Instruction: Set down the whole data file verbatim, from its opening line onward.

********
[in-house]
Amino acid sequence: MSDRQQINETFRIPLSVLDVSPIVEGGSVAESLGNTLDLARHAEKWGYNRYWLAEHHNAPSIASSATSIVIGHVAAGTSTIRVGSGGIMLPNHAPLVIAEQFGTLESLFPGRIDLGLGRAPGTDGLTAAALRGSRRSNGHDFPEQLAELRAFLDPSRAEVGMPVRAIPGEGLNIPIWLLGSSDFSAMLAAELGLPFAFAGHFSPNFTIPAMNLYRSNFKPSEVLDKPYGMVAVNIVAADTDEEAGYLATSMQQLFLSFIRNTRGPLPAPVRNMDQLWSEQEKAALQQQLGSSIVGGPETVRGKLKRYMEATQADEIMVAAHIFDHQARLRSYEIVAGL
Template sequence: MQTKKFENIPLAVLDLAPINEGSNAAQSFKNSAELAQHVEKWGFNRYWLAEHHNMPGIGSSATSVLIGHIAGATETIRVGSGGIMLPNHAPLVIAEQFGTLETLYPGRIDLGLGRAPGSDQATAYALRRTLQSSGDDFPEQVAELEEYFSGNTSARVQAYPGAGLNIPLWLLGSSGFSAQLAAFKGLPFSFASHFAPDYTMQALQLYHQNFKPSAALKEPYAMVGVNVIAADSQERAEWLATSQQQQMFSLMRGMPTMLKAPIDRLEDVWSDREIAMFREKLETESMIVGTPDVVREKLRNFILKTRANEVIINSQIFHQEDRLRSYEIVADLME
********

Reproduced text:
[in-house]
Amino acid sequence: MSDRQQINETFRIPLSVLDVSPIVEGGSVAESLGNTLDLARHAEKWGYNRYWLAEHHNAPSIASSATSIVIGHVAAGTSTIRVGSGGIMLPNHAPLVIAEQFGTLESLFPGRIDLGLGRAPGTDGLTAAALRGSRRSNGHDFPEQLAELRAFLDPSRAEVGMPVRAIPGEGLNIPIWLLGSSDFSAMLAAELGLPFAFAGHFSPNFTIPAMNLYRSNFKPSEVLDKPYGMVAVNIVAADTDEEAGYLATSMQQLFLSFIRNTRGPLPAPVRNMDQLWSEQEKAALQQQLGSSIVGGPETVRGKLKRYMEATQADEIMVAAHIFDHQARLRSYEIVAGL
Template sequence: MQTKKFENIPLAVLDLAPINEGSNAAQSFKNSAELAQHVEKWGFNRYWLAEHHNMPGIGSSATSVLIGHIAGATETIRVGSGGIMLPNHAPLVIAEQFGTLETLYPGRIDLGLGRAPGSDQATAYALRRTLQSSGDDFPEQVAELEEYFSGNTSARVQAYPGAGLNIPLWLLGSSGFSAQLAAFKGLPFSFASHFAPDYTMQALQLYHQNFKPSAALKEPYAMVGVNVIAADSQERAEWLATSQQQQMFSLMRGMPTMLKAPIDRLEDVWSDREIAMFREKLETESMIVGTPDVVREKLRNFILKTRANEVIINSQIFHQEDRLRSYEIVADLME